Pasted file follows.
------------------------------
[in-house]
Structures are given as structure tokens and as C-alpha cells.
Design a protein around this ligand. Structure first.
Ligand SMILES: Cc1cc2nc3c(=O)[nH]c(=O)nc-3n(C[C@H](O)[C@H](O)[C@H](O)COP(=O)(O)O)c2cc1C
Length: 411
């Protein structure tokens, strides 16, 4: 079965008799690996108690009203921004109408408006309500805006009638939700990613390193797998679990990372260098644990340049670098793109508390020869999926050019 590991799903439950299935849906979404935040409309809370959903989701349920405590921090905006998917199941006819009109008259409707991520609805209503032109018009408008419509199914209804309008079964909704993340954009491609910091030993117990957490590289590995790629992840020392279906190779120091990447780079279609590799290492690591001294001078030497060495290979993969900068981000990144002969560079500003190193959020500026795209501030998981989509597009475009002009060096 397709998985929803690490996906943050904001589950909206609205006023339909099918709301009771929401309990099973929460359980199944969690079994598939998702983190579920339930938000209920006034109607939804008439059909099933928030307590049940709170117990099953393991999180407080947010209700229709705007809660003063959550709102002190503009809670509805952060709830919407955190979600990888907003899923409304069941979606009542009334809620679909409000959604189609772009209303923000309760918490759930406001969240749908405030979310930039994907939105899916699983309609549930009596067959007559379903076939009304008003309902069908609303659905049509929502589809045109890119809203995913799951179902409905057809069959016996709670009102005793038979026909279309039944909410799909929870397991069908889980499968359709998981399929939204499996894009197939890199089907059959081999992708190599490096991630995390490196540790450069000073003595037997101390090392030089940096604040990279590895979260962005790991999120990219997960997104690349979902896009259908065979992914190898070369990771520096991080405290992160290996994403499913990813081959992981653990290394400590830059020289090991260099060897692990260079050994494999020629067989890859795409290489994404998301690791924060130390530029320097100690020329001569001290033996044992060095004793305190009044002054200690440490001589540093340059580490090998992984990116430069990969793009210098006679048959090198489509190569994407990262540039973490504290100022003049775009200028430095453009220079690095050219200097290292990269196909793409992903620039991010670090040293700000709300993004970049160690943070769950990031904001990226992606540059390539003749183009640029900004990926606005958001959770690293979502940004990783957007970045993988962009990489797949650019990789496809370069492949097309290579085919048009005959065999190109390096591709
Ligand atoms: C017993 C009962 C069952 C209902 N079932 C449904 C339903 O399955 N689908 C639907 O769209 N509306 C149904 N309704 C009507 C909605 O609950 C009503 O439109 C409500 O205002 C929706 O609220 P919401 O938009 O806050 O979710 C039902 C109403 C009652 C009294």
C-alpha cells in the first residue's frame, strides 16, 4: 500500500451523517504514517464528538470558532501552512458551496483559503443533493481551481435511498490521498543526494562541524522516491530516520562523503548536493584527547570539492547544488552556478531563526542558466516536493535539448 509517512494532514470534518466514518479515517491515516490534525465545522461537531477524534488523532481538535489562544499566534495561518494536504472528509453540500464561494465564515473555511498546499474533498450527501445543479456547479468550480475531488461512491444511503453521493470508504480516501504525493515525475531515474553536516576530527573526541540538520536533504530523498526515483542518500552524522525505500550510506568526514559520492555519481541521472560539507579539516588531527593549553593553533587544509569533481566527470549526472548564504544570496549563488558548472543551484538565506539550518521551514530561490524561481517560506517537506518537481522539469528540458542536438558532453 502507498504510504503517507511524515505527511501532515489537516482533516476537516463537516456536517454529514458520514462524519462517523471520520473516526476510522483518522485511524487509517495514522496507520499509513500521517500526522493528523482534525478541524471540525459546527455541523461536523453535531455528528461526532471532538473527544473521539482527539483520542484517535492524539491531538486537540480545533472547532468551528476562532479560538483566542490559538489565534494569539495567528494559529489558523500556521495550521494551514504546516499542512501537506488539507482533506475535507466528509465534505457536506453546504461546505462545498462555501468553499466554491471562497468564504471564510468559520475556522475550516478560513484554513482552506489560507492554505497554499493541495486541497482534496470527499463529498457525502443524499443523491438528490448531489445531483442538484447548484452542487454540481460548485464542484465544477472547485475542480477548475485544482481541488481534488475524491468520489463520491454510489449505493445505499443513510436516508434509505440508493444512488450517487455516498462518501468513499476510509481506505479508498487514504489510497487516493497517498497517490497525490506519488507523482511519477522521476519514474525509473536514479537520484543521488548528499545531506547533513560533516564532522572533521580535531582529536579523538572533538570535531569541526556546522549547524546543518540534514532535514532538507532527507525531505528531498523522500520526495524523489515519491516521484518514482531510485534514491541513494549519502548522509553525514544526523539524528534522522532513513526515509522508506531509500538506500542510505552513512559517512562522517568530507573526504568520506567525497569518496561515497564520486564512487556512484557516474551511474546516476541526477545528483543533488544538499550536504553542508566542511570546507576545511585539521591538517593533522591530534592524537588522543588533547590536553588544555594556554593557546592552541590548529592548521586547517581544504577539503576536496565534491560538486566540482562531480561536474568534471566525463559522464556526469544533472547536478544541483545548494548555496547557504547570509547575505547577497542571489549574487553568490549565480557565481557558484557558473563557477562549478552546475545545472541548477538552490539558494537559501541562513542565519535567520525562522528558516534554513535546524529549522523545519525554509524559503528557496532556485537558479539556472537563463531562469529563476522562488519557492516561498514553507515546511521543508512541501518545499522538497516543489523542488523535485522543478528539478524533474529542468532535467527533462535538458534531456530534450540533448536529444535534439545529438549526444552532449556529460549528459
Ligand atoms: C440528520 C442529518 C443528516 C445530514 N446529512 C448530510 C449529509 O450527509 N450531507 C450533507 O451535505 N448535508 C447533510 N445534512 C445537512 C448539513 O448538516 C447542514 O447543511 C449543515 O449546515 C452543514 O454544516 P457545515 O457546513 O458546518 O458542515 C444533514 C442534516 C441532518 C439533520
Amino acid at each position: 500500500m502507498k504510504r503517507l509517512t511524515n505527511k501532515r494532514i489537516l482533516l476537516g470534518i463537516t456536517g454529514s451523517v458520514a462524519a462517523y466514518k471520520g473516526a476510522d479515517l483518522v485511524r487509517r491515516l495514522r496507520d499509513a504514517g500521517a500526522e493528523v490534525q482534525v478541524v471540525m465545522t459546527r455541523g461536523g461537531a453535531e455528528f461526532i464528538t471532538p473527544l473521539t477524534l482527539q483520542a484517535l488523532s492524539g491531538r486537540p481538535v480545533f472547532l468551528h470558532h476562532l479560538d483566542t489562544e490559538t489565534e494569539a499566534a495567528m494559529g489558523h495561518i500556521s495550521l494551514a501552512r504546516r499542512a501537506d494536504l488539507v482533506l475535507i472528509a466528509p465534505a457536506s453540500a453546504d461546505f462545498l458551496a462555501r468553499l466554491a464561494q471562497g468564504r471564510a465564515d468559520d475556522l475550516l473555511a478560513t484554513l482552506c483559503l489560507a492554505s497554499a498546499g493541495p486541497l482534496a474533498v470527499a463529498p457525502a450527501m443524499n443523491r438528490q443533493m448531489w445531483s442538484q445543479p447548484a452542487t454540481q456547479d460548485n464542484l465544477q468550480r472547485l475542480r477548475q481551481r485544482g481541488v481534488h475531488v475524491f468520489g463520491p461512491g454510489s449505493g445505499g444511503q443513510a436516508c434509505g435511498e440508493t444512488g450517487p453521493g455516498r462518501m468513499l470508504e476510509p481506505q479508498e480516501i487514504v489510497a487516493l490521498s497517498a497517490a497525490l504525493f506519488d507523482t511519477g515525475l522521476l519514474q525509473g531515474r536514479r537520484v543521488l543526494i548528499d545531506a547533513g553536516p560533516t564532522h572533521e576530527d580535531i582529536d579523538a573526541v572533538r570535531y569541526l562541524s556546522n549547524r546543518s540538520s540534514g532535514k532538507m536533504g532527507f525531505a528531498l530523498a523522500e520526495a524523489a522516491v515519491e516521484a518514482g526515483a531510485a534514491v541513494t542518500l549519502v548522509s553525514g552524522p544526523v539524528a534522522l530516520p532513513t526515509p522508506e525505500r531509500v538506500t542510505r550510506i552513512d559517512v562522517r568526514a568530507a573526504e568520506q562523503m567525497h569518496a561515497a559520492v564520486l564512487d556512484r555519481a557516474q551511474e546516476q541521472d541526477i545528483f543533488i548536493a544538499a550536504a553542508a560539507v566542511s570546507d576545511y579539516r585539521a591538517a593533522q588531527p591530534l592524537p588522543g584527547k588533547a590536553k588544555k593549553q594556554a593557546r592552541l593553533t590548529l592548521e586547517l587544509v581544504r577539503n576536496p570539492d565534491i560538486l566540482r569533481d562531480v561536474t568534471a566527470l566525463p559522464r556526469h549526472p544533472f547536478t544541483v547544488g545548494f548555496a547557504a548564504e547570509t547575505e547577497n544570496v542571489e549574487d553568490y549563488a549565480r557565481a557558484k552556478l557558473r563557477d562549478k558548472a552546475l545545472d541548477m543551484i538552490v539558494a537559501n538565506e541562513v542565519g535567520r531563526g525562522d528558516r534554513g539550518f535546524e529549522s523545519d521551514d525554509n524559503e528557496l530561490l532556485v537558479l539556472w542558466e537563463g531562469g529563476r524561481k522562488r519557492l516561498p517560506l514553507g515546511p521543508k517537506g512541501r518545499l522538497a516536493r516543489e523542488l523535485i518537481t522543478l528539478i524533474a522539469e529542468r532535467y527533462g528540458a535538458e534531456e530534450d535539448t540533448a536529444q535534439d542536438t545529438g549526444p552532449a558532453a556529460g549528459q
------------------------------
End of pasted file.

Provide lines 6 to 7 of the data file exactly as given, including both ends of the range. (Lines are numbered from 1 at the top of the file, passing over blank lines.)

């Protein structure tokens, strides 16, 4: 079965008799690996108690009203921004109408408006309500805006009638939700990613390193797998679990990372260098644990340049670098793109508390020869999926050019 590991799903439950299935849906979404935040409309809370959903989701349920405590921090905006998917199941006819009109008259409707991520609805209503032109018009408008419509199914209804309008079964909704993340954009491609910091030993117990957490590289590995790629992840020392279906190779120091990447780079279609590799290492690591001294001078030497060495290979993969900068981000990144002969560079500003190193959020500026795209501030998981989509597009475009002009060096 397709998985929803690490996906943050904001589950909206609205006023339909099918709301009771929401309990099973929460359980199944969690079994598939998702983190579920339930938000209920006034109607939804008439059909099933928030307590049940709170117990099953393991999180407080947010209700229709705007809660003063959550709102002190503009809670509805952060709830919407955190979600990888907003899923409304069941979606009542009334809620679909409000959604189609772009209303923000309760918490759930406001969240749908405030979310930039994907939105899916699983309609549930009596067959007559379903076939009304008003309902069908609303659905049509929502589809045109890119809203995913799951179902409905057809069959016996709670009102005793038979026909279309039944909410799909929870397991069908889980499968359709998981399929939204499996894009197939890199089907059959081999992708190599490096991630995390490196540790450069000073003595037997101390090392030089940096604040990279590895979260962005790991999120990219997960997104690349979902896009259908065979992914190898070369990771520096991080405290992160290996994403499913990813081959992981653990290394400590830059020289090991260099060897692990260079050994494999020629067989890859795409290489994404998301690791924060130390530029320097100690020329001569001290033996044992060095004793305190009044002054200690440490001589540093340059580490090998992984990116430069990969793009210098006679048959090198489509190569994407990262540039973490504290100022003049775009200028430095453009220079690095050219200097290292990269196909793409992903620039991010670090040293700000709300993004970049160690943070769950990031904001990226992606540059390539003749183009640029900004990926606005958001959770690293979502940004990783957007970045993988962009990489797949650019990789496809370069492949097309290579085919048009005959065999190109390096591709
Ligand atoms: C017993 C009962 C069952 C209902 N079932 C449904 C339903 O399955 N689908 C639907 O769209 N509306 C149904 N309704 C009507 C909605 O609950 C009503 O439109 C409500 O205002 C929706 O609220 P919401 O938009 O806050 O979710 C039902 C109403 C009652 C009294």